Ohio's 12th District, Long A GOP Stronghold, Tests Trump Support In Suburbs
Rep. Troy Balderson (R-Ohio) was on hand to introduce Vice President Mike Pence at an event in Columbus earlier this month. Dustin Johnson and Ashley Dollar showed up to sell buttons.
Their sweatshirts are covered in them—one for $5 or three for $10. Dollar says the ones with guns sell best.
“The gun rights, Second Amendment for sure,” Dollar says. “This is the one they buy a lot.”
“Oh, most definitely,” Johnson agrees. “I think everybody supports the Second Amendment.”Outside, a handful of protesters with signs mingle with the other souvenir sellers. Inside, supporters mill around beneath massive American flags and a steady soundtrack of patriotic country and pop.
As he takes the stage, Balderson calls out, “Four more years!” and the crowd echoes it back enthusiastically.
Balderson’s road to Congress was a bit unusual. In 2018, he narrowly won a special election to fill a vacancy in Ohio's 12th Congressional District left by the resignation of Republican Pat Tiberi. Three months later, he was on the ballot again.
Despite a nationwide “blue wave” of voters bucking the presidential administration and backing Democrats, Balderson hung on to his seat, as Republicans swept almost very statewide office in Ohio. Now, in Balderson's third contest in two years, national politics are again exerting a heavy influence on the race.
“There’s more we’re going to get done, and together with Vice President Pence and President Trump, we’re working to make sure our country beats this virus once and for all,” Balderson tells the crowd.
In a phone call this September, Balderson repeatedly stressed how cautious participants are at his campaign events. But the crowd Balderson addressed was largely unmasked, and made no serious effort to maintain social distancing – which has mostly been the trend at Republican events this fall.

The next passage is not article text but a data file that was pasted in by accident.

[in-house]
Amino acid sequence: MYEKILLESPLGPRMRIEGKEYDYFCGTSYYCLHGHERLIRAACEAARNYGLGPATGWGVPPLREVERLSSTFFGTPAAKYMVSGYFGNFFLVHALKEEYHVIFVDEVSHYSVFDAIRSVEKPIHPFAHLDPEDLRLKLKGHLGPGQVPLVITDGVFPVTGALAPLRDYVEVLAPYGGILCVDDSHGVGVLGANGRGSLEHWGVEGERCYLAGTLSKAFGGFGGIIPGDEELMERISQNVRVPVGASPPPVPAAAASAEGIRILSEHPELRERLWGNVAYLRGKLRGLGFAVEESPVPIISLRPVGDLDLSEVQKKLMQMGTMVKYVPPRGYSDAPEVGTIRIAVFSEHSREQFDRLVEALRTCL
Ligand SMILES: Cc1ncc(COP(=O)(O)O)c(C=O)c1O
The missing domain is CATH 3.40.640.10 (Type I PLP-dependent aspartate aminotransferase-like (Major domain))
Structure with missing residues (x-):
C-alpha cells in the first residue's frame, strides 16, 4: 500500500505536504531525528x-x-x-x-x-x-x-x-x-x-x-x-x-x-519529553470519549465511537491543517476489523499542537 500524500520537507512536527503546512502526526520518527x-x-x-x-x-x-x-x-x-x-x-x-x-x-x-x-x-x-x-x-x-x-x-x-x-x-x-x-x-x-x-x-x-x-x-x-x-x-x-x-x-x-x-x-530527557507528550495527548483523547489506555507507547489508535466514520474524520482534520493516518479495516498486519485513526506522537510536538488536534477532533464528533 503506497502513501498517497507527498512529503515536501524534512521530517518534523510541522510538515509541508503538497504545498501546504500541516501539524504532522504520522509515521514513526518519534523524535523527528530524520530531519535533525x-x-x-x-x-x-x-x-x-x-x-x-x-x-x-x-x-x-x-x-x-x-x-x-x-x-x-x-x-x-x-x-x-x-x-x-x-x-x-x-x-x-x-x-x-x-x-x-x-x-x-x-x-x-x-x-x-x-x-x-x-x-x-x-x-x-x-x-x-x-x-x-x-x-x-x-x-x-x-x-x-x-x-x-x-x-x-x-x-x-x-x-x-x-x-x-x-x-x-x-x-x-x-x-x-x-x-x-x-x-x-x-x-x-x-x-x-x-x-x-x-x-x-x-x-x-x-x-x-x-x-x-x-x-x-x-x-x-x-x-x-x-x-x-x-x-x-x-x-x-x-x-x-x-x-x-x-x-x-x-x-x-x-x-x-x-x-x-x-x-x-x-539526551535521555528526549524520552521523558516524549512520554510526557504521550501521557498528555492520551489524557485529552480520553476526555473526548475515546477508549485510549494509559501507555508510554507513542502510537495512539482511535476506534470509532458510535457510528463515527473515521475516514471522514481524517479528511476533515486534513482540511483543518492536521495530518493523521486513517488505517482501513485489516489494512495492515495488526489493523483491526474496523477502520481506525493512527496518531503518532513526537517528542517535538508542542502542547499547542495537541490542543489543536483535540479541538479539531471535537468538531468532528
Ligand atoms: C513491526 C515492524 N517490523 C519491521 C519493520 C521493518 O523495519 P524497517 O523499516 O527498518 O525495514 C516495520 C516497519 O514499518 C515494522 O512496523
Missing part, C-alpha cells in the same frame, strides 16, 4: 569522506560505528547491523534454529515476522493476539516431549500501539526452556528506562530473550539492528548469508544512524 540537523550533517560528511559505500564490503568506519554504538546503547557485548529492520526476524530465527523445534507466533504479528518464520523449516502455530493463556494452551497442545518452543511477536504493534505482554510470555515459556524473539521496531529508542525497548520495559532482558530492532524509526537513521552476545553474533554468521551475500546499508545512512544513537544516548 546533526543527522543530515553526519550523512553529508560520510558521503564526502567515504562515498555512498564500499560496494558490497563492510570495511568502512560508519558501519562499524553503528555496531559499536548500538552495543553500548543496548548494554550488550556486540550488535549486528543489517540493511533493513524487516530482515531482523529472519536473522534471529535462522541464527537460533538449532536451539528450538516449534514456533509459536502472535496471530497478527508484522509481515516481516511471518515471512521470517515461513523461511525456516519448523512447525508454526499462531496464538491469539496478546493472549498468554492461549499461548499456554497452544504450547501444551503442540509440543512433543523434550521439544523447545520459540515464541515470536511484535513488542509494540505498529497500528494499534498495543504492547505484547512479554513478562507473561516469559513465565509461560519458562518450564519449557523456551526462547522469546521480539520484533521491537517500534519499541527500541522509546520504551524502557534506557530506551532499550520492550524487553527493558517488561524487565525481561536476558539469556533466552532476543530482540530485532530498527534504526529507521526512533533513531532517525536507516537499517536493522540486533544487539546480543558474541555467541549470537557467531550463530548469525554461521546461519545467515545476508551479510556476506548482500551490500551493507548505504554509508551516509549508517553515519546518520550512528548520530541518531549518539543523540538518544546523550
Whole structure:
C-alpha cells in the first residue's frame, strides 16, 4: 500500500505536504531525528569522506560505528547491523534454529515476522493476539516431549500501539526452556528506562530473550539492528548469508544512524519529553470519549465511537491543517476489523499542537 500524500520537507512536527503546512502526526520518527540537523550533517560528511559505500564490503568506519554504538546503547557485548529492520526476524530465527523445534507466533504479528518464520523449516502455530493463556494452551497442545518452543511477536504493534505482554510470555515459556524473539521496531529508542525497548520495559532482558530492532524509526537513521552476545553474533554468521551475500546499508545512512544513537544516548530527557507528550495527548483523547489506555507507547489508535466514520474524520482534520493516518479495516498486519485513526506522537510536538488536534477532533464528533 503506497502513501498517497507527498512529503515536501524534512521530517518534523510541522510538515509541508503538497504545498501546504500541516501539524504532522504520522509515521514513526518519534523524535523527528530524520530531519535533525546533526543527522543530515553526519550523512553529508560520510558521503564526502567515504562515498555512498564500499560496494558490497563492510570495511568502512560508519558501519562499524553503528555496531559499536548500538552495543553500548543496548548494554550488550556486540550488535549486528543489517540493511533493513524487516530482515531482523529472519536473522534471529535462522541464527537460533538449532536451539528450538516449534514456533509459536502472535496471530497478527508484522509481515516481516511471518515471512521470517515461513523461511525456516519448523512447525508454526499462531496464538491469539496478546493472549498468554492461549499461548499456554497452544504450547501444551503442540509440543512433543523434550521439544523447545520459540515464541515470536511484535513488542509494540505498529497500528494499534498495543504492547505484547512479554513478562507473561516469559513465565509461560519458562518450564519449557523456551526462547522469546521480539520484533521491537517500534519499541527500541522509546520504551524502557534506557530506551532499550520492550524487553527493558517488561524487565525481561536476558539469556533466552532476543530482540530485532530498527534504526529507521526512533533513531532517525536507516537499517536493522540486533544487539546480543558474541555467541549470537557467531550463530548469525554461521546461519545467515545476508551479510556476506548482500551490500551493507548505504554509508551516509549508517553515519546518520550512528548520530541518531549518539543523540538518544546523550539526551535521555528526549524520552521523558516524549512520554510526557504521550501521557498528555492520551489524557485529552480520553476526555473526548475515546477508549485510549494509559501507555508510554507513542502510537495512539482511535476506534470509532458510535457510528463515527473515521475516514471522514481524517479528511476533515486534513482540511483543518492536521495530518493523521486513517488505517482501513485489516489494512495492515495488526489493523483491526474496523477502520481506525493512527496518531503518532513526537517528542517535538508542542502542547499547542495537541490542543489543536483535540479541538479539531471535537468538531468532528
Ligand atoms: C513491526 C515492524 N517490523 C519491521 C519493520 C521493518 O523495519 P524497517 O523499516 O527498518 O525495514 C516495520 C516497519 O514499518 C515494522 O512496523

In contrast, everyone wore a mask at a Women's March event in Delaware hosted by his opponent. Bullhorn in hand, Democrat Alaina Shearer led a group of about 50 along a few blocks of downtown sidewalks. They got some puzzled looks, but plenty of cars honked their horns in support, too.
Shearer is a first-time candidate. Her background is in marketing, and she also started a national network for women in tech. While Balderson defends the president’s response to the coronavirus pandemic, Shearer says that might be the biggest issue pushing voters to her side.
“I mean, this has wrecked everyone’s lives in one way or another,” Shearer says. “I don’t care what income level you’re at, what age you’re at, it has obviously rocked our world, and that’s the repeated, ‘wow, how could there be no collective response?’”
Most of Shearer’s campaigning has happened online. She often gets questions that reflect national politics, like, "Where do you stand on socialism?" That tickles her: she has started two businesses.
But like the couple selling buttons, Shearer says guns are a hot topic as well. She says her family owns firearms, and when it comes to policy, she’s looking for consensus.
“We all agree on universal background checks,” Shearer says. “A heck of a lot of us agree on red flag laws, and you know enforcing those, especially in domestic situations where women are usually the victims of those crimes. And if we start there where we agree, we get through to the other side.”
Ohio State University political scientist Herb Asher says Balderson has the edge, as an incumbent with two races under his belt already. But he says the final result will likely come down to a simple question.
“Balderson is sort of at the mercy of, well, how badly does Trump’s support collapse in the district?" Asher says. "And how does that impact Balderson?”
Asher highlights voters in suburban communities like Worthington or Westerville that were long seen as Republican strongholds. That dynamic wasn’t enough for Democrat Danny O’Connor to win the district last cycle, however.
O’Connor currently serves as Franklin County Recorder. When it comes to the races in 2018, he doesn’t see any glaring strategic failures in his campaign. He says they actually surpassed their turnout targets by thousands – Republicans just did better.
O’Connor doesn’t dismiss the party’s emphasis on suburbs, he just argues it’s not enough.
“I’m a small town Democrat from rural Ohio, and I do not want to see my party cede those areas to Republicans,” O’Connor says. “Whether it’s because we’re not comfortable going to those places, or because we’re not talking about working families as much as we need to, I think we need to do a better job of that.”
Those rural areas account for more than a third of the 12th District’s votes, and it’s where Balderson has pressed his advantage. In 2018, he won every county but Franklin—most of them by 60% or more.